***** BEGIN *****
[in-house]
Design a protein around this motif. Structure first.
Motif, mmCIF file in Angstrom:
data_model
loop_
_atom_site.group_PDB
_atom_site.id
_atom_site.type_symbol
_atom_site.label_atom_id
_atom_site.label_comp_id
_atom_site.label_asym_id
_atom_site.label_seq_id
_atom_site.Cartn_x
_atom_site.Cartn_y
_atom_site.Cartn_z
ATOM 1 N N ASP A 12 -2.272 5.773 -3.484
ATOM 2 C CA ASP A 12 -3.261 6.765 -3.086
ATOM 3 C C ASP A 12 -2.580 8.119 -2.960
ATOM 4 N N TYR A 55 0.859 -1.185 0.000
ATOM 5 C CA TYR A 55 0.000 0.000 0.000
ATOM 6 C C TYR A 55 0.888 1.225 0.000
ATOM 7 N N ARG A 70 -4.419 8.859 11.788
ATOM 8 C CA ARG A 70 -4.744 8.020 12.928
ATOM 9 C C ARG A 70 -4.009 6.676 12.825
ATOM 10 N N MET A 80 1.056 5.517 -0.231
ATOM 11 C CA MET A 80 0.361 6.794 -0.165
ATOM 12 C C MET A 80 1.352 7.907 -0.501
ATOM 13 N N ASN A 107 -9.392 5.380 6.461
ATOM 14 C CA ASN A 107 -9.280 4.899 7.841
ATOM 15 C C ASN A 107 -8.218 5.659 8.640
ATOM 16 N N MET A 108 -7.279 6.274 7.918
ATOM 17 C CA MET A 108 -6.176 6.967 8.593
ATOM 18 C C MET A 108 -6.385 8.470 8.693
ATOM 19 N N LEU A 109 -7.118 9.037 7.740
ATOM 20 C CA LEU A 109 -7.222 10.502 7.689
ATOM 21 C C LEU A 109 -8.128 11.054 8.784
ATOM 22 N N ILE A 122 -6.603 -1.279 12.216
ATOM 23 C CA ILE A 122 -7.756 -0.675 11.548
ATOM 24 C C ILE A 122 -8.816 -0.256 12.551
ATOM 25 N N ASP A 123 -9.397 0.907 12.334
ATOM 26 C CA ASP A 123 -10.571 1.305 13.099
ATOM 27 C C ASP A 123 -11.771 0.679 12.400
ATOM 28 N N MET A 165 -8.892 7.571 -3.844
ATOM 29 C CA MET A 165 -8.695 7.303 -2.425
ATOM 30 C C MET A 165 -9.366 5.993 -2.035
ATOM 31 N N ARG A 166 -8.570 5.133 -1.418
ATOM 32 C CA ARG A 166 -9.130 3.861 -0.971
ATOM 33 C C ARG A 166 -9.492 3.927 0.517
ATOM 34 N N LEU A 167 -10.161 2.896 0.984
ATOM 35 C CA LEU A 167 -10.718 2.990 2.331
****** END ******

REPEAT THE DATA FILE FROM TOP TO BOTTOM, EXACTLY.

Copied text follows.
[in-house]
Design a protein around this motif. Structure first.
Motif, mmCIF file in Angstrom:
data_model
loop_
_atom_site.group_PDB
_atom_site.id
_atom_site.type_symbol
_atom_site.label_atom_id
_atom_site.label_comp_id
_atom_site.label_asym_id
_atom_site.label_seq_id
_atom_site.Cartn_x
_atom_site.Cartn_y
_atom_site.Cartn_z
ATOM 1 N N ASP A 12 -2.272 5.773 -3.484
ATOM 2 C CA ASP A 12 -3.261 6.765 -3.086
ATOM 3 C C ASP A 12 -2.580 8.119 -2.960
ATOM 4 N N TYR A 55 0.859 -1.185 0.000
ATOM 5 C CA TYR A 55 0.000 0.000 0.000
ATOM 6 C C TYR A 55 0.888 1.225 0.000
ATOM 7 N N ARG A 70 -4.419 8.859 11.788
ATOM 8 C CA ARG A 70 -4.744 8.020 12.928
ATOM 9 C C ARG A 70 -4.009 6.676 12.825
ATOM 10 N N MET A 80 1.056 5.517 -0.231
ATOM 11 C CA MET A 80 0.361 6.794 -0.165
ATOM 12 C C MET A 80 1.352 7.907 -0.501
ATOM 13 N N ASN A 107 -9.392 5.380 6.461
ATOM 14 C CA ASN A 107 -9.280 4.899 7.841
ATOM 15 C C ASN A 107 -8.218 5.659 8.640
ATOM 16 N N MET A 108 -7.279 6.274 7.918
ATOM 17 C CA MET A 108 -6.176 6.967 8.593
ATOM 18 C C MET A 108 -6.385 8.470 8.693
ATOM 19 N N LEU A 109 -7.118 9.037 7.740
ATOM 20 C CA LEU A 109 -7.222 10.502 7.689
ATOM 21 C C LEU A 109 -8.128 11.054 8.784
ATOM 22 N N ILE A 122 -6.603 -1.279 12.216
ATOM 23 C CA ILE A 122 -7.756 -0.675 11.548
ATOM 24 C C ILE A 122 -8.816 -0.256 12.551
ATOM 25 N N ASP A 123 -9.397 0.907 12.334
ATOM 26 C CA ASP A 123 -10.571 1.305 13.099
ATOM 27 C C ASP A 123 -11.771 0.679 12.400
ATOM 28 N N MET A 165 -8.892 7.571 -3.844
ATOM 29 C CA MET A 165 -8.695 7.303 -2.425
ATOM 30 C C MET A 165 -9.366 5.993 -2.035
ATOM 31 N N ARG A 166 -8.570 5.133 -1.418
ATOM 32 C CA ARG A 166 -9.130 3.861 -0.971
ATOM 33 C C ARG A 166 -9.492 3.927 0.517
ATOM 34 N N LEU A 167 -10.161 2.896 0.984
ATOM 35 C CA LEU A 167 -10.718 2.990 2.331